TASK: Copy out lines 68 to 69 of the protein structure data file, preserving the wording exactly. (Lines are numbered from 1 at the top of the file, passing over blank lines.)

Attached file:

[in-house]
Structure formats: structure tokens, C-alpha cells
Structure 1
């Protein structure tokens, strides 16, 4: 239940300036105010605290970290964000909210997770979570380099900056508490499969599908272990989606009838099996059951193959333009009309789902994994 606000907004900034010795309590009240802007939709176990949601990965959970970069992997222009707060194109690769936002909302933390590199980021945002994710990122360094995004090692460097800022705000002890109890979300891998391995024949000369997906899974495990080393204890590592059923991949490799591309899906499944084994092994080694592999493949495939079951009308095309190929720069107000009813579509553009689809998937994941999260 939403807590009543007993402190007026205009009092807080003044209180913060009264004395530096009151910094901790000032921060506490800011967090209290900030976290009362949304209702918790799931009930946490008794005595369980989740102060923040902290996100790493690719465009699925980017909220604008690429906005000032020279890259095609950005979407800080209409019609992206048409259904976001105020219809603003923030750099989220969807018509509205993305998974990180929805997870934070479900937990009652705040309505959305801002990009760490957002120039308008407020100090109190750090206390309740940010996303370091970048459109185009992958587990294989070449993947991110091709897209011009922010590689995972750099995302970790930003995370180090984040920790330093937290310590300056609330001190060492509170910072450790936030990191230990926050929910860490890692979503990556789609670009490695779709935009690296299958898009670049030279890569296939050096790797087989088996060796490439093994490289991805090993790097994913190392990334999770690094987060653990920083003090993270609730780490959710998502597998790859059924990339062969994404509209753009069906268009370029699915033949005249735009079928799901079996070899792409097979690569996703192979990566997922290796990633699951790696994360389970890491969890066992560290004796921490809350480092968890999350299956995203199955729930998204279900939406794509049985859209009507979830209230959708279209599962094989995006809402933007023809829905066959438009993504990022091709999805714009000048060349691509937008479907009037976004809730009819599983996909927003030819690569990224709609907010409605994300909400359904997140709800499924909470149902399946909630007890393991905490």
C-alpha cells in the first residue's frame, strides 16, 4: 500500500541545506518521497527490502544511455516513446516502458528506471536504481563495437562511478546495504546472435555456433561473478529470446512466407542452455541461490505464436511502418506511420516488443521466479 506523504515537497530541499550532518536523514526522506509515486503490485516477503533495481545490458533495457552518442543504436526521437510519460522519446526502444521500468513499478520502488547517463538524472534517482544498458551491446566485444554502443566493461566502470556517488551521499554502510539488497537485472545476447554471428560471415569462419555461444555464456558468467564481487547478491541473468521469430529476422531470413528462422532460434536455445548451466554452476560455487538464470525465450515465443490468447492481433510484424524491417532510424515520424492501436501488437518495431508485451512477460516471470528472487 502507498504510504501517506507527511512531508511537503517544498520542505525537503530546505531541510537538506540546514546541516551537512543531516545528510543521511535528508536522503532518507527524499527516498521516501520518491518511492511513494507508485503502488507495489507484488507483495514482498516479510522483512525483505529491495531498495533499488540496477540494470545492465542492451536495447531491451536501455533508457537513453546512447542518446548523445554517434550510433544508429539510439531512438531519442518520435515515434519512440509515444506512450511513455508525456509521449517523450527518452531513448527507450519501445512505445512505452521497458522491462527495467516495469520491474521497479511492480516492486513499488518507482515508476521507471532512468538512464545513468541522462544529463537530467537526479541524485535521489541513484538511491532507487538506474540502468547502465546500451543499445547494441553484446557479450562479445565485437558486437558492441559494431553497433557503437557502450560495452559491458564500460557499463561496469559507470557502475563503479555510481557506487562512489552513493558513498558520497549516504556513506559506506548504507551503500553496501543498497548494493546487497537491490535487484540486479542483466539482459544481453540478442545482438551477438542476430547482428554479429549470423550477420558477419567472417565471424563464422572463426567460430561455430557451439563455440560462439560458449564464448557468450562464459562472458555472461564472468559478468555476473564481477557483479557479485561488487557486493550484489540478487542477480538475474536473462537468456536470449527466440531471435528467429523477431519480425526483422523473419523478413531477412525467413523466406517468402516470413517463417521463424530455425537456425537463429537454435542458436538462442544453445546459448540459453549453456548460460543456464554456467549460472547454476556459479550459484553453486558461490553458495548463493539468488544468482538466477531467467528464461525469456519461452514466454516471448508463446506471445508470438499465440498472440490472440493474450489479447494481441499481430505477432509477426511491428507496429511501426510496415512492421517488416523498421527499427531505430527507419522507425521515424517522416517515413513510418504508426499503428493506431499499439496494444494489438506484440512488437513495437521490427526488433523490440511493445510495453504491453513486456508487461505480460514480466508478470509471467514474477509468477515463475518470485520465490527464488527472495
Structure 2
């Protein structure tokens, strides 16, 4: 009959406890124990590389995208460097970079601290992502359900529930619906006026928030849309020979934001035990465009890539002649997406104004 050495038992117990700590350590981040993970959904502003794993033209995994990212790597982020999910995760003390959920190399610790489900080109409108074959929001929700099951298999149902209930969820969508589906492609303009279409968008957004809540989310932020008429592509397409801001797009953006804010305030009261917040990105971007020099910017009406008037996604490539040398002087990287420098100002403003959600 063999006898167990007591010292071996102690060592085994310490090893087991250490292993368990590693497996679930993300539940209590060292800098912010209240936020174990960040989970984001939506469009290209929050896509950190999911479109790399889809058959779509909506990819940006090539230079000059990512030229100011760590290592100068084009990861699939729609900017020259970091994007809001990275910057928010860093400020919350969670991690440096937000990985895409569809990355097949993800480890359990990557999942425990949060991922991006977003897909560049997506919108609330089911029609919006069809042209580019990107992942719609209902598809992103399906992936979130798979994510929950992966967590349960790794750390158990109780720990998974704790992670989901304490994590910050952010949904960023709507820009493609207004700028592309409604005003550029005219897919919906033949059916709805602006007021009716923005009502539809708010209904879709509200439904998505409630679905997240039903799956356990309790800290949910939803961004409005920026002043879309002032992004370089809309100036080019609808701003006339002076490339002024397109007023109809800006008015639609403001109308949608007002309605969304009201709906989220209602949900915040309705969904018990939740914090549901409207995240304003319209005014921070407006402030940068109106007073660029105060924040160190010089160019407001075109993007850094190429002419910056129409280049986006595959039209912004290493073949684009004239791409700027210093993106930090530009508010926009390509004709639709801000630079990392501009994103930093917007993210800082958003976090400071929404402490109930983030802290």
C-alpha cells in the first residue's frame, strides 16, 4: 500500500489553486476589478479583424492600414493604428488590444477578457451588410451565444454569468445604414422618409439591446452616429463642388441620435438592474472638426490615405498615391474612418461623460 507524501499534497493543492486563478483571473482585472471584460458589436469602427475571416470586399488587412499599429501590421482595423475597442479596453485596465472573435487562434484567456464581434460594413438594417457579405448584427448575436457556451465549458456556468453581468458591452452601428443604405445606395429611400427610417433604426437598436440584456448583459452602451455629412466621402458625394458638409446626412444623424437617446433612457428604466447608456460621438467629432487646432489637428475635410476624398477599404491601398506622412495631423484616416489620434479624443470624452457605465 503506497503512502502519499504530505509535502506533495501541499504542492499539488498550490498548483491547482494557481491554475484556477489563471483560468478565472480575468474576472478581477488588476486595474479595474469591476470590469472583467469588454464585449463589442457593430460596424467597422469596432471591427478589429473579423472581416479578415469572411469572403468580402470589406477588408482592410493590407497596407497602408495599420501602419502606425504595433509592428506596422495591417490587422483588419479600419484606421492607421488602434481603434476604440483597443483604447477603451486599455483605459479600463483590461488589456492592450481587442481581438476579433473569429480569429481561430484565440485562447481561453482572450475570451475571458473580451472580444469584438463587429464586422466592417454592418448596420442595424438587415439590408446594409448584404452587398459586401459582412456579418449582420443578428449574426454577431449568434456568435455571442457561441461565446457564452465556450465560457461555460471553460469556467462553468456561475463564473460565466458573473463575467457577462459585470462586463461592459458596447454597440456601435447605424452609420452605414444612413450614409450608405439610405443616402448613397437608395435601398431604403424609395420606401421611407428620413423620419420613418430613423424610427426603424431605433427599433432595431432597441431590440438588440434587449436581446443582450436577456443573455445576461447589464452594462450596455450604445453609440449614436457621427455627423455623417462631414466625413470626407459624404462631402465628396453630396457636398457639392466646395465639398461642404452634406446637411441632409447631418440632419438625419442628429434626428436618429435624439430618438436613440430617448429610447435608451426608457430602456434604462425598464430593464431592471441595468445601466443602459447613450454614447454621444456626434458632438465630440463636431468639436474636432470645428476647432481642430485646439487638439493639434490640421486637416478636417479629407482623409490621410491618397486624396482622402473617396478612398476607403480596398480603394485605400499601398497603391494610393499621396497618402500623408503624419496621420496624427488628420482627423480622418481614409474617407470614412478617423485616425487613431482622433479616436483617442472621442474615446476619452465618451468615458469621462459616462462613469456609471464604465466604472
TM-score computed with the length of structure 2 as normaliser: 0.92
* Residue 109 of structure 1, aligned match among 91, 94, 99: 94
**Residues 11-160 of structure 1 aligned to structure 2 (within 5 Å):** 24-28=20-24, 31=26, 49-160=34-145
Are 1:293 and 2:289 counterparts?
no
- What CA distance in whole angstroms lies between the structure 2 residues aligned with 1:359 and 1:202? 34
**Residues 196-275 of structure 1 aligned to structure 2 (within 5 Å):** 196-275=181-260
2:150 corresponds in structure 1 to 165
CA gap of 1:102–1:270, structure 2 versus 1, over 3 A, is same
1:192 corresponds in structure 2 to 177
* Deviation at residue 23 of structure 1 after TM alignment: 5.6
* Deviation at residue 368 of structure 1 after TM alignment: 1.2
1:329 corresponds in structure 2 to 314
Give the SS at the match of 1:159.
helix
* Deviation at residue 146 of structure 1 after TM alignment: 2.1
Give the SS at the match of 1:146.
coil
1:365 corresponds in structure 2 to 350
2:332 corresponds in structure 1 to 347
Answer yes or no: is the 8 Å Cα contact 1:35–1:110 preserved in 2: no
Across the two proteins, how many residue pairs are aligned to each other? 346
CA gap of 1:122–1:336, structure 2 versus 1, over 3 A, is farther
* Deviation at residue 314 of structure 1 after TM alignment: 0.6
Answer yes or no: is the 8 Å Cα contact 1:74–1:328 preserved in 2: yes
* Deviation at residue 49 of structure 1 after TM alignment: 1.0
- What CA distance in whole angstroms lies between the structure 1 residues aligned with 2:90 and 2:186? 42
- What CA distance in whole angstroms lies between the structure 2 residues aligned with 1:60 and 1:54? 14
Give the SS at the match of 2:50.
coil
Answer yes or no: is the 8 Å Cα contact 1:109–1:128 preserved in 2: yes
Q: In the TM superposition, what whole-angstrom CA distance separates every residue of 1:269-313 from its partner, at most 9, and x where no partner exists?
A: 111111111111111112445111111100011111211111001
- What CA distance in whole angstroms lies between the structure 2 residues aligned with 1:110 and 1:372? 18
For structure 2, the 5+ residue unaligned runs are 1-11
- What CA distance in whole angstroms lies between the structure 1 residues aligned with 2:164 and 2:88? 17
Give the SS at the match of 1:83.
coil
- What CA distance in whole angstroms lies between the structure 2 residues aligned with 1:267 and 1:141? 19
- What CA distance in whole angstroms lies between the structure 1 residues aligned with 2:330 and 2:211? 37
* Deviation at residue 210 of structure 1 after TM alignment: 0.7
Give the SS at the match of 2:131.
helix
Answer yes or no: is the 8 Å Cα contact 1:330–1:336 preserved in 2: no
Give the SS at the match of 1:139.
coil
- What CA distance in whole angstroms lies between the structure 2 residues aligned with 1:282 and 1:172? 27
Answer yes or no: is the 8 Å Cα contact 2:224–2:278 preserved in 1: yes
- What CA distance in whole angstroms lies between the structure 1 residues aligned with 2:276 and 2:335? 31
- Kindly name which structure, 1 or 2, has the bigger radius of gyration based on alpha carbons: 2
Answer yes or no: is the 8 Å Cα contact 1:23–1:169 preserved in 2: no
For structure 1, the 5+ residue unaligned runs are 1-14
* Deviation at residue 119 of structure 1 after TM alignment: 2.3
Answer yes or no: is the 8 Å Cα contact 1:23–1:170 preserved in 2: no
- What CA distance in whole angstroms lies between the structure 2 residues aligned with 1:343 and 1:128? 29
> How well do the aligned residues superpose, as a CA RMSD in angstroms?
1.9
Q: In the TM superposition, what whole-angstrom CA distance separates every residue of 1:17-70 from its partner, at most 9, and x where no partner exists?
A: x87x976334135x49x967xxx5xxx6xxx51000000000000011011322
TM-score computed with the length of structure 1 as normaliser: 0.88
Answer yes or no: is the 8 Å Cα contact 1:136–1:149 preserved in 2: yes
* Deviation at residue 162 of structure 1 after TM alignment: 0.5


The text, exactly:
TM-score computed with the length of structure 1 as normaliser: 0.88
Answer yes or no: is the 8 Å Cα contact 1:136–1:149 preserved in 2: yes